Day Two of National Novel Writing month. Chances are you’re still on a high from the work you did yesterday. Prose is singing in your head. You can’t wait to get back to the story you worked on, the scene fresh in your memory. The characters are like the best kind of new friends(*)—so funny, so charming! You can’t wait to be in their company again. You’re kind of in love with them. But you know the task ahead of you. You know this is a marathon, not a sprint. And if you aspire to be a professional writer, you might as well have that saying tattooed on a part of your part that you can look at easily, twenty times a day. In writing, it applies to more than the writing. It applies to every aspect of your career: it’s a marathon, not a sprint.
Valerie Patterson is a middle-grade author. Patterson’s debut, The Other Side of Blue, is a literary novel with “a story tender and true...each word seems to shimmer”-- Han Nolan, winner of the National Book Award. Val’s website is here, and she is hard at work on her next novel.
“A key to productivity is making the most of your non-writing time. That's right--your non-writing time. When you're commuting or cooking or doing anything that doesn't involve sitting at the computer writing, be thinking about what happens in your novel. Take notes. Draft snatches of dialog. Before you go to sleep at night, put to your subconscious the puzzle of a plot conundrum Let your sub-conscious work for you in the off hours. All of this non-writing is geared to enhance flow when you do sit down to write.If nothing else, NaNoWriMo is all about maximizing flow.”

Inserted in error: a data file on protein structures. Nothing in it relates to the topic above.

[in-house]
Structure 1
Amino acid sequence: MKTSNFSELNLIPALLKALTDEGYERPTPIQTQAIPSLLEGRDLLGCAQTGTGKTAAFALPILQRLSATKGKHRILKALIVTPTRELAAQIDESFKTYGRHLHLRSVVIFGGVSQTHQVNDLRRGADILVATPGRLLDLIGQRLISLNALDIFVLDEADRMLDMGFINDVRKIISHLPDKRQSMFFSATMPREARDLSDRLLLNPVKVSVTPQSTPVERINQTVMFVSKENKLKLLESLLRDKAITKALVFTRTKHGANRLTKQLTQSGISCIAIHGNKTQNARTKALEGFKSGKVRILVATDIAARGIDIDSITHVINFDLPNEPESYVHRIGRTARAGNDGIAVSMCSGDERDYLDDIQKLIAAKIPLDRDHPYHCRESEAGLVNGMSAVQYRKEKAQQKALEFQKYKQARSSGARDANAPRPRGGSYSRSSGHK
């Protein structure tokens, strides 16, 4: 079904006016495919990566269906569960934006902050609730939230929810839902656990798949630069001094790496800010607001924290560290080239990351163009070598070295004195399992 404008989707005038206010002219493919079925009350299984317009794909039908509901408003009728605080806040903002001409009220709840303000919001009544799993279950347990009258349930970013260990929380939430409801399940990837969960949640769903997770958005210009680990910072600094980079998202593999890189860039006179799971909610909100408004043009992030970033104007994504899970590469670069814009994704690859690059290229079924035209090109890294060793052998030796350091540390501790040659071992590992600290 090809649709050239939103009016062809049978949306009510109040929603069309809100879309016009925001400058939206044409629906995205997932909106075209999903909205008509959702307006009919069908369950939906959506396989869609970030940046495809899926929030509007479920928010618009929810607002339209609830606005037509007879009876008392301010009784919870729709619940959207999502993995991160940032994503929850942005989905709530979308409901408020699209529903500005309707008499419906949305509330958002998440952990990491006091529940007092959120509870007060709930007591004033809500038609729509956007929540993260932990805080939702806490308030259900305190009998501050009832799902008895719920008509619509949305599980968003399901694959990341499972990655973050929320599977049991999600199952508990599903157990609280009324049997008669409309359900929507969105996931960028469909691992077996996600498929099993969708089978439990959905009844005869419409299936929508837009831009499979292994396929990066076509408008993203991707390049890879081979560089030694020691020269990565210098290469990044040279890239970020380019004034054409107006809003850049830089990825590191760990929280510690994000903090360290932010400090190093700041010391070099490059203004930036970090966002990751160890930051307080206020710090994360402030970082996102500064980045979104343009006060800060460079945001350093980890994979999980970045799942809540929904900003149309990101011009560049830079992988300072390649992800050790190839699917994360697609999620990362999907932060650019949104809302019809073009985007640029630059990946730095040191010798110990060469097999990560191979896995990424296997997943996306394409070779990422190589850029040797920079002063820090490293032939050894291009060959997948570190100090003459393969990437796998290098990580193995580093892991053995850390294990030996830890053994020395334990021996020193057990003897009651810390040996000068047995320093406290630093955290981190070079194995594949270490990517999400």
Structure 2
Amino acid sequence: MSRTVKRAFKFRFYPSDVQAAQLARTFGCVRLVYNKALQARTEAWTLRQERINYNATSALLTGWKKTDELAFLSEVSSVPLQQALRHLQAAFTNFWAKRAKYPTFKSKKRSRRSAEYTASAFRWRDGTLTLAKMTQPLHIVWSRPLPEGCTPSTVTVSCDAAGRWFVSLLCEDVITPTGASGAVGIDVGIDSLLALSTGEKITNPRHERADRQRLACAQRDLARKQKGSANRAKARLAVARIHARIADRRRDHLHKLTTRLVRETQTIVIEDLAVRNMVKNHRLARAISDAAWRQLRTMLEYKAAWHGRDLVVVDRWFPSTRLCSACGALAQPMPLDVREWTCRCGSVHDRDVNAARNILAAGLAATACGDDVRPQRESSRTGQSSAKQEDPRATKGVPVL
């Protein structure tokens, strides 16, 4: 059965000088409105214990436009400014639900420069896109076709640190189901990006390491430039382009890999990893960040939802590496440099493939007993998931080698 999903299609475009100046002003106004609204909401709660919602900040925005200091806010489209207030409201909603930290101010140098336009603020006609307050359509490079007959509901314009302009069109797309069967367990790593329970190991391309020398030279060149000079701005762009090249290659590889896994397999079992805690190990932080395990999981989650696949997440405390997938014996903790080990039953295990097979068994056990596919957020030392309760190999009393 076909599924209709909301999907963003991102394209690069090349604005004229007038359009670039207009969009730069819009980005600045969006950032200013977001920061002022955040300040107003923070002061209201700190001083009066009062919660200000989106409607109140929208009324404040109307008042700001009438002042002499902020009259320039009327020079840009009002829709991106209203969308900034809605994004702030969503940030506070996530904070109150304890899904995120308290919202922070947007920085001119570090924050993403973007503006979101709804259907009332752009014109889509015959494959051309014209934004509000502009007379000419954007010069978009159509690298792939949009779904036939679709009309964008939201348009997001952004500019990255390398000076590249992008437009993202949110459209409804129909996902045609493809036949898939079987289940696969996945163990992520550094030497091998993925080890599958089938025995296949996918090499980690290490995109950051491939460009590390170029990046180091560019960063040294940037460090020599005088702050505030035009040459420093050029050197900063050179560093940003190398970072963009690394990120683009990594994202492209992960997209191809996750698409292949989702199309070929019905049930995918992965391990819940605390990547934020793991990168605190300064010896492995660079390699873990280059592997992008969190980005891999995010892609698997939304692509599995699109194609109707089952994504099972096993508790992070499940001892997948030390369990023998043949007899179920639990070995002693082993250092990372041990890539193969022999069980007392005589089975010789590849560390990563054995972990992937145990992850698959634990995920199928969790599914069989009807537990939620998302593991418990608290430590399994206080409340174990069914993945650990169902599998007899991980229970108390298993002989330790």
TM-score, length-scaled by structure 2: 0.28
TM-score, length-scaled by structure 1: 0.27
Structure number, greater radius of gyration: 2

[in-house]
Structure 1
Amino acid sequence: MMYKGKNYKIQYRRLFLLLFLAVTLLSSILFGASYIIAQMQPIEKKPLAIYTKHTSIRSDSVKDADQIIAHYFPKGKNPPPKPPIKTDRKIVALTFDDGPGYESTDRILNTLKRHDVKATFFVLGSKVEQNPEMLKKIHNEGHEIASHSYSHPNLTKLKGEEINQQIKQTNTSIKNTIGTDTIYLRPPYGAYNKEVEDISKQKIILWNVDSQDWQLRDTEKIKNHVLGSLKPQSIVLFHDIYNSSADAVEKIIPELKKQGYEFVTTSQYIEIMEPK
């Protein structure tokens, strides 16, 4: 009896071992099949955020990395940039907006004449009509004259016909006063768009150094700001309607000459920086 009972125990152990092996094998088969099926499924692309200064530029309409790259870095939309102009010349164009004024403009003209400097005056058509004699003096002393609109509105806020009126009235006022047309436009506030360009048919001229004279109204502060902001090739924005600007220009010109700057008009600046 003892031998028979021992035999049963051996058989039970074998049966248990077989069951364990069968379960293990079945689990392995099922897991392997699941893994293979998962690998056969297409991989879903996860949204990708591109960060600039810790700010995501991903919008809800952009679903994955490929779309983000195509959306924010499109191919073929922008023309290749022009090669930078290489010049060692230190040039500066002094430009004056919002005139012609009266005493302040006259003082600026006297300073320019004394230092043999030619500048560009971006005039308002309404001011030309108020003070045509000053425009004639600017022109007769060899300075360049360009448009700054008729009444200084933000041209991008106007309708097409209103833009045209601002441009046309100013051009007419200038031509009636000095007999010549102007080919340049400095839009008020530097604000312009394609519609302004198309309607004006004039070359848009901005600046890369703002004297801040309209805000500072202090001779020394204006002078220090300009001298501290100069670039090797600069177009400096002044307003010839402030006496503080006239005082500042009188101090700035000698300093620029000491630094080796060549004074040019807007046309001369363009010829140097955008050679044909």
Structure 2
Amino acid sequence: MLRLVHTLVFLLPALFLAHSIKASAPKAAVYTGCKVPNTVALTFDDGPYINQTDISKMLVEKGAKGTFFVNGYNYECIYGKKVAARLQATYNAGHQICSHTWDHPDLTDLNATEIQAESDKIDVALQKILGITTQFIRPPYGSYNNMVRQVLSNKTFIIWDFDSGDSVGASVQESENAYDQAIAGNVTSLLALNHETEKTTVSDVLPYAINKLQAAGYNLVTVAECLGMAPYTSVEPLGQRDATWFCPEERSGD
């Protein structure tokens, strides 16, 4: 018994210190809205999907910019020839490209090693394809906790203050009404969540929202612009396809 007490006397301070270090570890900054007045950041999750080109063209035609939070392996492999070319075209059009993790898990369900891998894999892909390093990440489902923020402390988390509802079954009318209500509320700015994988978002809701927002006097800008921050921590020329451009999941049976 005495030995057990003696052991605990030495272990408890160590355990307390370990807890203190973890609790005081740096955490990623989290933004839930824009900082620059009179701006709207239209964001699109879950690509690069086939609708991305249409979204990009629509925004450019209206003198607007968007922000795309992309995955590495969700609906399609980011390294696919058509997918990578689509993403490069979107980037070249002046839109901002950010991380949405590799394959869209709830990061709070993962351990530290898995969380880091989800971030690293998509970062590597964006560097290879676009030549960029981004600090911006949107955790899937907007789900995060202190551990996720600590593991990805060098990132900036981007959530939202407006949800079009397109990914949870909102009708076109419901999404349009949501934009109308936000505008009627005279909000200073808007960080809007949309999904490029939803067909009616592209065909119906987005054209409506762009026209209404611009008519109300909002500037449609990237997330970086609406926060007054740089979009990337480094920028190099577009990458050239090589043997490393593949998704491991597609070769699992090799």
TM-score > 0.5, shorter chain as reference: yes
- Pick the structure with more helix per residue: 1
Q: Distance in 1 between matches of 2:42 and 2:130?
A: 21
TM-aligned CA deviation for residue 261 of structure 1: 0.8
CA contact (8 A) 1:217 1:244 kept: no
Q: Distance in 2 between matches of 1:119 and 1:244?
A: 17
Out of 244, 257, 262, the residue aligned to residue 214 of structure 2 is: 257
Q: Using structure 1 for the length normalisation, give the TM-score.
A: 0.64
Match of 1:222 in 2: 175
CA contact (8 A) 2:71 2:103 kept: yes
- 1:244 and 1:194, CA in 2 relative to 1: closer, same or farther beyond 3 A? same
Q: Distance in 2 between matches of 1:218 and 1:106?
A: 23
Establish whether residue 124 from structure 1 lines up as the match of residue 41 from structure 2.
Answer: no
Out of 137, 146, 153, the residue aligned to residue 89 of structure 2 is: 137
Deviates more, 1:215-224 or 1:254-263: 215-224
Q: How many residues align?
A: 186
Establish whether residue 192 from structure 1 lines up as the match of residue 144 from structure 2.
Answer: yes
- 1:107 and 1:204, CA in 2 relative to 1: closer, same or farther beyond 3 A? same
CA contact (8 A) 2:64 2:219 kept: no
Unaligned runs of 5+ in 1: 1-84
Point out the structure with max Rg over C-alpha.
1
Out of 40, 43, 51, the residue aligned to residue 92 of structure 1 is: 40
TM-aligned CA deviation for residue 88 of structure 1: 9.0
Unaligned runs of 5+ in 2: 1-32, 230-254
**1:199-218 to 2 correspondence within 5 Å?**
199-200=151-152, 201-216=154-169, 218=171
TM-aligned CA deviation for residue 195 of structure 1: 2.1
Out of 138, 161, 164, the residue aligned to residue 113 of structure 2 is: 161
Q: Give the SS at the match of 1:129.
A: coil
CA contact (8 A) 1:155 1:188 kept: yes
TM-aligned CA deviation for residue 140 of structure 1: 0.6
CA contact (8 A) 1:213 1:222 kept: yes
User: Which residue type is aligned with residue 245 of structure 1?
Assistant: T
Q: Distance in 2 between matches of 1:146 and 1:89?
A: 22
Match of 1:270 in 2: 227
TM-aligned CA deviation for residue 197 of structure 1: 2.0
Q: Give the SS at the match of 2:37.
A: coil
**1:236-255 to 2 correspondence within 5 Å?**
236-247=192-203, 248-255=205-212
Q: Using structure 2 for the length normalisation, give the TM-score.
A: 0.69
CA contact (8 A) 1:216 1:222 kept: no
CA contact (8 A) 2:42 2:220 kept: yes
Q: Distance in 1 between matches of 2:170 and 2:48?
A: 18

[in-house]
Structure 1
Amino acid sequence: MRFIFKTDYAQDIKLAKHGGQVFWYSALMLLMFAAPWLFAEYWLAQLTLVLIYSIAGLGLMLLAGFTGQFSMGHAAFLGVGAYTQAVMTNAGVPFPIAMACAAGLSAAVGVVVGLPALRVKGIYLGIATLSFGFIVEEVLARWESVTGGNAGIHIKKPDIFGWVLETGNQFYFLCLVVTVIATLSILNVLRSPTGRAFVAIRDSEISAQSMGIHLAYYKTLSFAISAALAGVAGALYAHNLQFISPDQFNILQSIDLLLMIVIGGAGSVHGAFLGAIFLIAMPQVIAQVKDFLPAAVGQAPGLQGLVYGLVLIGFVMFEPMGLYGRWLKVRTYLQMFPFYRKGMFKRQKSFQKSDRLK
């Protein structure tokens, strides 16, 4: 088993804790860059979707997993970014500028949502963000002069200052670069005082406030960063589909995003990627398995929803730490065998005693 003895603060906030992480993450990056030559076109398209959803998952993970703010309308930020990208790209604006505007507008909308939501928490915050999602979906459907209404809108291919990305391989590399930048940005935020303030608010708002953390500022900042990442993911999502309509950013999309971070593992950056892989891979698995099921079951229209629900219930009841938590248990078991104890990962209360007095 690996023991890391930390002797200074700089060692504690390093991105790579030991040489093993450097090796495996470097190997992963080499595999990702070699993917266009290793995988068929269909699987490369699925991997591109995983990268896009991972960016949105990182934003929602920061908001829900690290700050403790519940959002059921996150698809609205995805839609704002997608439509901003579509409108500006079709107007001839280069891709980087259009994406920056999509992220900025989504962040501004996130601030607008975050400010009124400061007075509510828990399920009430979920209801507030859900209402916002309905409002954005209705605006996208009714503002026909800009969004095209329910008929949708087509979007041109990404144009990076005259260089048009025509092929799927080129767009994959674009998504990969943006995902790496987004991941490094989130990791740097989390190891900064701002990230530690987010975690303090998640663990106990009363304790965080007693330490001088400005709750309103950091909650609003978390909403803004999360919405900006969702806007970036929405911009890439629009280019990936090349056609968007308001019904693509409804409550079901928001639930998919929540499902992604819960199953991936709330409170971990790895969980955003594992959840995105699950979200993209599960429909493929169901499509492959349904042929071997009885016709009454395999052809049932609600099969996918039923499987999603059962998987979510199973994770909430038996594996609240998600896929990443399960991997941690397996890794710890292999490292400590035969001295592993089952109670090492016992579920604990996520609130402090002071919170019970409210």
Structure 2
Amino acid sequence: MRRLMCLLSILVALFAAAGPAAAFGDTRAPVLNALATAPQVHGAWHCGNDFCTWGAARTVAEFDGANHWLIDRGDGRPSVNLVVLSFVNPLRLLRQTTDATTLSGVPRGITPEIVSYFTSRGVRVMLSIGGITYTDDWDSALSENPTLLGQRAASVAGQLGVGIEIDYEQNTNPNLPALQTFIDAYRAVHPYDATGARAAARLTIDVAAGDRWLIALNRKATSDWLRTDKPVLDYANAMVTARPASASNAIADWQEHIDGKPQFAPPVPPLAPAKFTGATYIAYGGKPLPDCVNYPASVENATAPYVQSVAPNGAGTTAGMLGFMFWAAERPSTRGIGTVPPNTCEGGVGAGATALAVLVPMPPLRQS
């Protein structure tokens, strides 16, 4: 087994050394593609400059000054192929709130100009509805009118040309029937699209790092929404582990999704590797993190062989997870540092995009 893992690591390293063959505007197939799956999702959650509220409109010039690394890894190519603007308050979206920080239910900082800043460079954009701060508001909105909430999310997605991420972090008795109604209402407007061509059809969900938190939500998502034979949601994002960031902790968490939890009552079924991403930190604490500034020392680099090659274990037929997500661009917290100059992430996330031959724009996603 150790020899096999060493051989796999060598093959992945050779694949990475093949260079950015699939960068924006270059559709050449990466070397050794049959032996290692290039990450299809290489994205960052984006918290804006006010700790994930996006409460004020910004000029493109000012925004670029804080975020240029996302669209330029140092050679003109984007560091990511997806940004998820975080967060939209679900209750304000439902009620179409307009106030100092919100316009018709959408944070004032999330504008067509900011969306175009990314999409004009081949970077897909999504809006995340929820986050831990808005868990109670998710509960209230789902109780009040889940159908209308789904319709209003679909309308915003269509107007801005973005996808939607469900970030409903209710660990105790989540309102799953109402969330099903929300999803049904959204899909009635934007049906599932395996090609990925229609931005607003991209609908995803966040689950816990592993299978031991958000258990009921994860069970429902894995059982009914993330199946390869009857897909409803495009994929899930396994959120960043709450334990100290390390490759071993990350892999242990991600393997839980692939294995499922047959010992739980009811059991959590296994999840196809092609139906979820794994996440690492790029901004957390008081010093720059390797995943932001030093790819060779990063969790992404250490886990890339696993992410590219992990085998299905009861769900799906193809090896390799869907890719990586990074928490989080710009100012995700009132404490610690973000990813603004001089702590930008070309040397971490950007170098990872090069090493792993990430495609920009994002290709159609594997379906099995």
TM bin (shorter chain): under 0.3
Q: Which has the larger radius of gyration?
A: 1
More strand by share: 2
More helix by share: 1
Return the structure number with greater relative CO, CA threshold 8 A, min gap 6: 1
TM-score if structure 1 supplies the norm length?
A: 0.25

My tip of the day has to do with editing:
“Editing when you’re writing? Many pro writers start their daily writing session by rereading and editing the material they wrote the day before then writing the new material. It’s sort of like taking a running start at the day’s word count AND helps to reduce the editing/revision workload to come. Should you do this during NaNoWriMo? Depends on your discipline, and the amount of time you’ve set aside for writing every day. If you’ve met your word count and still have time, try polishing up a rough section.”